Navigation Menu

Avatar and the hope of this world

Avatar Movie image NaviIt appears Avatar has struck a chord with humanity. After six weeks, it remained number one at the box office pulling in more than $550 million in ticket sales. Movie insiders predict Avatar might surpass Titanic’s previous record gross of $601 million in the U.S. alone. Internationally, it has already passed Titanic  with sales topping $1.84 billion. Its first place standing from Western Europe to China seems to say it bridges any cultural divide.

What is it about Avatar that captures the world’s attention? Many are going to Avatar for its cutting edge technological advancements. The movie is visually stunning, and tickets for 3D and Imax 3D showings contribute significantly in the movie’s total sales. Avatar takes place on the planet of Pandora, filled with virgin jungles and breathtaking landscapes. Director James Cameron, left no room for grey in this film. Colors pop off the screen. Bright purples and yellows fill the darkest nights. This disdain for the grey is also evident in the story’s moral stance as there are clear cut good guys and bad guys. There are no inward battles about which side to root for, even when the bad side is apparently the United States.

What is most interesting for the church isn’t why the people are going to Avatar but how they are leaving. A recent CNN article noted a many watchers have left the Avatar experience and found the real world bland. It is something they call “Avatar blues.” Audiences are finding that the grey Cameron avoided in the movie fills our world. Colors are muddled and so too is the distinction between good guys and bad guys. The result is a malaise that hits viewers the minute they leave the theater. There has been a rise in forums designed to help moviegoers cope with the harsh reality that they live on Earth and the dreams of Pandora are as unreachable as the stars. People feel a dissatisfaction with the present world. Avatar is evoking new feelings toward the environment. In an interview with Cameron, Oprah gushed about how the movie changed her view of the environment, relating a story about a tree that fell in her yard. Both Oprah and those with “Avatar blues” are experiencing the same thing. People are looking at the world and seeing something inherently wrong. And that might be the result Christians should be looking for, maybe even praying for.

The themes that fill the heads of people as they leave Avatar are themes the Bible addresses and answers. Moviegoers are right when they feel there is something wrong with the state of creation. The Bible told of this problem long before Cameron did. The problems felt by audiences are a part of a world broken since the fall of man. The quiver in the back of our brains that drives the audience to wonder what might be is not from the loss of Pandora, but a reminder of what was lost in Eden.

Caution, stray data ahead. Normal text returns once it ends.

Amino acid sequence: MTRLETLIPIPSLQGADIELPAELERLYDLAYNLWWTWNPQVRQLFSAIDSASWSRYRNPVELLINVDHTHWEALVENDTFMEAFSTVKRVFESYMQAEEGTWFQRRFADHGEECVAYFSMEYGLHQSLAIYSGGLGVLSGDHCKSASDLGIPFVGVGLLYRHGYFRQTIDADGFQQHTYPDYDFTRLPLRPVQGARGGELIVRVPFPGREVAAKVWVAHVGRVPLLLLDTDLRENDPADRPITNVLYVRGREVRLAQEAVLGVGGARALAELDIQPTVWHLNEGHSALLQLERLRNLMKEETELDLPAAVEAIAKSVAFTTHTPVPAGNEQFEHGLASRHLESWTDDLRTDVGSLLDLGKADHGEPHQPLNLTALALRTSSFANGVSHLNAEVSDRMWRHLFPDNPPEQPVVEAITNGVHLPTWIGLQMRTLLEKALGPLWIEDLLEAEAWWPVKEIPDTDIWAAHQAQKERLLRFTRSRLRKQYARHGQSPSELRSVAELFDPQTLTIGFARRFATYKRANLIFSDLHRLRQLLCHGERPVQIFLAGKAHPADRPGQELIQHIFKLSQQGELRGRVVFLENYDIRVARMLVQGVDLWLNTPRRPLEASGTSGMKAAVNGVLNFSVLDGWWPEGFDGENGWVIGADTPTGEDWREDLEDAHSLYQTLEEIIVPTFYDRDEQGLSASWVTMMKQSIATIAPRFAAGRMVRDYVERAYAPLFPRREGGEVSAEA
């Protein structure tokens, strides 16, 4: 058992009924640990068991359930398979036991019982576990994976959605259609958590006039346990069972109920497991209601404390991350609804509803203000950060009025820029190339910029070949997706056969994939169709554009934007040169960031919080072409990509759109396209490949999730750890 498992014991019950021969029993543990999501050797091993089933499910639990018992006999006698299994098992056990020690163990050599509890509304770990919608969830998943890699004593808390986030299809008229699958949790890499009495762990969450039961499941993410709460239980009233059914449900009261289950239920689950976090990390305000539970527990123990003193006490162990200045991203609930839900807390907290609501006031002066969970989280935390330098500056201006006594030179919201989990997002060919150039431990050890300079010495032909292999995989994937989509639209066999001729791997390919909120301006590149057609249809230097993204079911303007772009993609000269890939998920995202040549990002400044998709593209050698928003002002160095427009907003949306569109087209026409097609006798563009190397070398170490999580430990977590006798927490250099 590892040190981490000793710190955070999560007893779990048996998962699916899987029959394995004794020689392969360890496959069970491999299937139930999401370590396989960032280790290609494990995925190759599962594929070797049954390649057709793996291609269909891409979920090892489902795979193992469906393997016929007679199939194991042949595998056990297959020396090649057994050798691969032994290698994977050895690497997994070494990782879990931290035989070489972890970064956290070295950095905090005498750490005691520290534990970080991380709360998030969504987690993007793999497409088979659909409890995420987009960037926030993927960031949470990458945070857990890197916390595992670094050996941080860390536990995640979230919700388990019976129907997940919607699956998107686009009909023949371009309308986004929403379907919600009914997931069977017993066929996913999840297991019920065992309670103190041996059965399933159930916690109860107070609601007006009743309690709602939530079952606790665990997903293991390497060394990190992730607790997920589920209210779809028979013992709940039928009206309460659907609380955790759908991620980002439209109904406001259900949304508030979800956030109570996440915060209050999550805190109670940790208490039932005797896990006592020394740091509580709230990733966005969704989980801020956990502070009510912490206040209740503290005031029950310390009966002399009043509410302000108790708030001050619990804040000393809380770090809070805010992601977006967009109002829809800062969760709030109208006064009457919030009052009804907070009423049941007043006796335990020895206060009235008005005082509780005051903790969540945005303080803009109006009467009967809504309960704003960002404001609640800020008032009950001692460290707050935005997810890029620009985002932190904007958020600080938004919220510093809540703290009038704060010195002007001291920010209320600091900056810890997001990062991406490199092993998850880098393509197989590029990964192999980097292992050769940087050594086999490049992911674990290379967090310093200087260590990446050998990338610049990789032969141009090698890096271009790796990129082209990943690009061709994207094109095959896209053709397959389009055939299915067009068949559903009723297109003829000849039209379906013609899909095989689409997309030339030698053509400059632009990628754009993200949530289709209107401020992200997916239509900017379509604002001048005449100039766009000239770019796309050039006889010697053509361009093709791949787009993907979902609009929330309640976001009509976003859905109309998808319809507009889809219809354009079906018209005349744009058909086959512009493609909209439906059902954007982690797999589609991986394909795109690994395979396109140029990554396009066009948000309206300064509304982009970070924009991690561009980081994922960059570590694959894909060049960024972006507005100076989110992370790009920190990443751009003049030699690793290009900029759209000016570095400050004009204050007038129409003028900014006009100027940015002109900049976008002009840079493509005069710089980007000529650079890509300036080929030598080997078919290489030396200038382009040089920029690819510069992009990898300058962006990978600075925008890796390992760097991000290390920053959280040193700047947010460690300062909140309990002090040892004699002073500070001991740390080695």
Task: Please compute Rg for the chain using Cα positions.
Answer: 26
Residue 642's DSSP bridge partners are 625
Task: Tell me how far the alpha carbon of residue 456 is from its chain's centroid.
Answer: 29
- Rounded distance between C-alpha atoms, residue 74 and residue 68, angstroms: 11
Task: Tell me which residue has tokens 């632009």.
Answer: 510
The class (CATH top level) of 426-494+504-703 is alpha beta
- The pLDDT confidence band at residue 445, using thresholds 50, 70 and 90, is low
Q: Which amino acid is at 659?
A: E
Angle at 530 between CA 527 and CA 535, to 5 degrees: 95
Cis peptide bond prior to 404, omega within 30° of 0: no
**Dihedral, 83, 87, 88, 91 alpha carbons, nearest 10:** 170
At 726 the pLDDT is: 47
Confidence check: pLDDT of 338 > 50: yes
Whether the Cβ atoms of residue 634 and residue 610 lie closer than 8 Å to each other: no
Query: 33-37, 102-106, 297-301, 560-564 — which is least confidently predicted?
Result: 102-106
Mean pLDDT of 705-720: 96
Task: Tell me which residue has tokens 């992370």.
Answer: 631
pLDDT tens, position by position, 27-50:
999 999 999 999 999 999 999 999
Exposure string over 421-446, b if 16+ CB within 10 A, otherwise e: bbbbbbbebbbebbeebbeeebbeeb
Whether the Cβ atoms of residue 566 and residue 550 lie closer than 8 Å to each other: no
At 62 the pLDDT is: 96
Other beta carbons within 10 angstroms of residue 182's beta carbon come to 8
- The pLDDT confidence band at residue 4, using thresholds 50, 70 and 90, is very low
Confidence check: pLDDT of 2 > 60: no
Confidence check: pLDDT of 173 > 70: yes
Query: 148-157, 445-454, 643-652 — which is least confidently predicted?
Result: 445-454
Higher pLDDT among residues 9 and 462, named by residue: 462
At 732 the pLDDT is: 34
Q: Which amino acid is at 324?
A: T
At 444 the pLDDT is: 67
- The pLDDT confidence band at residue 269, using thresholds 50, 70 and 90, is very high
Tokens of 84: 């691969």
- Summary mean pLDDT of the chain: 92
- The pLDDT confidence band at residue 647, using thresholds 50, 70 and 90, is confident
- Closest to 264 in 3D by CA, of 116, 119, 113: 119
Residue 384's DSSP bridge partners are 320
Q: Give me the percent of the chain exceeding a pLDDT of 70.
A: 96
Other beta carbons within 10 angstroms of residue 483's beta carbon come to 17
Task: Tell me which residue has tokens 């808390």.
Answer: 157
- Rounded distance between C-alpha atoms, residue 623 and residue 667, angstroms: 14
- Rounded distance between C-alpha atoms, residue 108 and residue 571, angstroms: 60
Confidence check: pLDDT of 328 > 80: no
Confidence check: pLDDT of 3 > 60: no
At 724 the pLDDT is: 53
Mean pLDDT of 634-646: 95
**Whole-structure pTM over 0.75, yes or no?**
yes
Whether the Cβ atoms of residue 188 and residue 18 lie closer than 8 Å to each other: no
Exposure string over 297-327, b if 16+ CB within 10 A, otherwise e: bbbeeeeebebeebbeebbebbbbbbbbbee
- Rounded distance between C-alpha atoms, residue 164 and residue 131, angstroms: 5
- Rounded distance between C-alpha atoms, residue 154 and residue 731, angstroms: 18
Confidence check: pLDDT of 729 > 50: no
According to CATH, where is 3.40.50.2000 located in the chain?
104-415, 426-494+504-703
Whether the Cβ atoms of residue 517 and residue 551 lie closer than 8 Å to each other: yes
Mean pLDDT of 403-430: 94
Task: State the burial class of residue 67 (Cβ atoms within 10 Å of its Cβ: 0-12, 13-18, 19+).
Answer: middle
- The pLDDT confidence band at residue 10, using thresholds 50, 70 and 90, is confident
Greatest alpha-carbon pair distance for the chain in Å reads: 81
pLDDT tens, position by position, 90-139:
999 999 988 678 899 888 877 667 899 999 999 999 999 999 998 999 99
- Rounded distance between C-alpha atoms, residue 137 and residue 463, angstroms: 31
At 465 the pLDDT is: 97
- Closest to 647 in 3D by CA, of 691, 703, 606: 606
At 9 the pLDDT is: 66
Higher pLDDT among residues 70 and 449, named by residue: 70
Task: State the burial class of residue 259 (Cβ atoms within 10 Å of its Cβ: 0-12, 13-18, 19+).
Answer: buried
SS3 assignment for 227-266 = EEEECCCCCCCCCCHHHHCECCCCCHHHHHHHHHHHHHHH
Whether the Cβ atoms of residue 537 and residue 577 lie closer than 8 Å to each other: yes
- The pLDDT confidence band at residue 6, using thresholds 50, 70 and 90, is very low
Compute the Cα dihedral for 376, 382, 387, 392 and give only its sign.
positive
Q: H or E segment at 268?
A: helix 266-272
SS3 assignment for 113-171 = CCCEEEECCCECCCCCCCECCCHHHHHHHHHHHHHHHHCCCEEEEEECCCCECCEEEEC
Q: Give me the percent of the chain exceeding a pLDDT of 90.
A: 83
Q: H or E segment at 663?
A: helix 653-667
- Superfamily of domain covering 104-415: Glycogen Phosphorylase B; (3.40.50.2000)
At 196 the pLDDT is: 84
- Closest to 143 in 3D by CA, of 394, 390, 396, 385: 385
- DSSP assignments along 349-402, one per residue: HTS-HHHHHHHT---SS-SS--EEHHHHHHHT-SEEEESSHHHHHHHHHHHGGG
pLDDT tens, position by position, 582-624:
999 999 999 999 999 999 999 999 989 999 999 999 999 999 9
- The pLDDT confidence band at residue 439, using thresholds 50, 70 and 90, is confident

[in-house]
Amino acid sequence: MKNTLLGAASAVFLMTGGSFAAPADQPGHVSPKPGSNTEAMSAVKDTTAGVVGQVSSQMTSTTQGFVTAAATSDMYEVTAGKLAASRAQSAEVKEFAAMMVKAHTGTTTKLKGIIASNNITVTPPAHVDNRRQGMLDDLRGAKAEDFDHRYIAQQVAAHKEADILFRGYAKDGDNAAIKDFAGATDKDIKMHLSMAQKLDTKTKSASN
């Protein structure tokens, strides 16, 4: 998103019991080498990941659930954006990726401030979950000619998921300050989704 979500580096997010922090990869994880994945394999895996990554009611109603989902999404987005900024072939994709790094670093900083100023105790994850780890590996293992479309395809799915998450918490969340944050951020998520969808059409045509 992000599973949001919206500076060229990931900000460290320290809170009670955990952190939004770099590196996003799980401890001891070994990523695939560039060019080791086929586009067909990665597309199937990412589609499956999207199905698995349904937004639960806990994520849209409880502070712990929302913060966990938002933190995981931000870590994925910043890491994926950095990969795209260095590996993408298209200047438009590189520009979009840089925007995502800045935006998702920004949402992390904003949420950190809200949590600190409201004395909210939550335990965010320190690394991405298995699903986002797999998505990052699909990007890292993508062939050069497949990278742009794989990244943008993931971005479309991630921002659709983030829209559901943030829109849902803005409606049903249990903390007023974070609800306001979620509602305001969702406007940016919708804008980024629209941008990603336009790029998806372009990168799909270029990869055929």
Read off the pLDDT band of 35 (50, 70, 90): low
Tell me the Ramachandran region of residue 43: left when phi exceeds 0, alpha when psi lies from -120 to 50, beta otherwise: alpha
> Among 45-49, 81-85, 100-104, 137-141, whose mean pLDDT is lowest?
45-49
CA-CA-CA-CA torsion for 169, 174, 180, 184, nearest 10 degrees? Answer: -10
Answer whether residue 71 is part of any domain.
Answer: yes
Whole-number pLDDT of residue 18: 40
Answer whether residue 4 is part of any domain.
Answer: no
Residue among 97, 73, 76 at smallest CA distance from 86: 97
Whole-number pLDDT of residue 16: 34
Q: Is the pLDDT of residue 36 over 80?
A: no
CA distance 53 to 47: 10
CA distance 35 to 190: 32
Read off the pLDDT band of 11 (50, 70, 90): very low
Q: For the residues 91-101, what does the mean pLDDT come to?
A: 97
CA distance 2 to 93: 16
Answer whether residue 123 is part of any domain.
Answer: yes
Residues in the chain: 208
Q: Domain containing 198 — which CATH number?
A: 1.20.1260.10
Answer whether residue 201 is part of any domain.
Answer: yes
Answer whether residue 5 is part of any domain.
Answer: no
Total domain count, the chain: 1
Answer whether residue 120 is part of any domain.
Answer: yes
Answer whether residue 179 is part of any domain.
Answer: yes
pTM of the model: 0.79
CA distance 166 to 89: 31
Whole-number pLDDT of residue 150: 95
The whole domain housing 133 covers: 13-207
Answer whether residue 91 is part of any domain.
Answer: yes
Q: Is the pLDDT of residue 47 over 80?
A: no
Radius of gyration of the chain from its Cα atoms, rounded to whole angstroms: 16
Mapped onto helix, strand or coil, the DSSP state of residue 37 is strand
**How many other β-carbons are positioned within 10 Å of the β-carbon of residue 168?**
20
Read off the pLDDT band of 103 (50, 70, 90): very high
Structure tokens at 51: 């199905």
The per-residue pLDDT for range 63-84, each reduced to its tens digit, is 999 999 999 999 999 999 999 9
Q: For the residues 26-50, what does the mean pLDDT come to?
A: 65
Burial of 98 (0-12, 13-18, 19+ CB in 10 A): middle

The response of many after watching Avatar is similar to Oprah’s. Often it is a renewed environmentalism that Cameron says was part of his intended audience reaction (i.e. we don’t have Pandora, because we are not listening to creation.) What Cameron has done is bumbled into a very biblical concept, but he has come out of on the other side with the wrong answer.

When we let creation speak, we’ll find creation doesn’t want you or me. Creation wants Christ. The Bible tells us in Romans 8.19-22 that what the world is waiting for is the same salvation promised in the Gospel—a salvation that comes through Christ alone. You and I have made the problem, not by carbon emissions or a lack of environmental awareness, but by our sin. And because of that, the corruption of creation, so much a part of our dissatisfaction with this world, is not something we can fix. If this world had its hope in us only, it would be most pitiable.

Isaiah paints a picture of peace and unity in creation between man and beast most similar to that found on Avatar’s Pandora. In chapters 11 and 65, Isaiah promises a time when the lion will lie with the calf and when the child will play over the hole of the cobra and without fear. But Isaiah is clear that that time is not now and that time is not brought about by us, but by the Redeemer, the one whose belt is righteousness and faithfulness (Isa. 11.5). It is this Redeemer Who will bring about the new heavens and new earth promised in Isaiah 65.17-25. He alone wields the power to fix the creation that we have broken.

Listen to creation. It knows what it needs. It understands that you and I are part of the problem not the answer. The hope for peace between the child and the cobra comes not from a renewed understanding but rather when the head of the Serpent is crushed and the hope of Eden is restored. If you want to save the environment in the way the environment yearns to be saved, you don’t plant a tree, you preach the Gospel. Avatar paints a wonderful picture of what a world could be, but provides no hope. The Bible brings the promise of what the world will one day be and points us to Christ.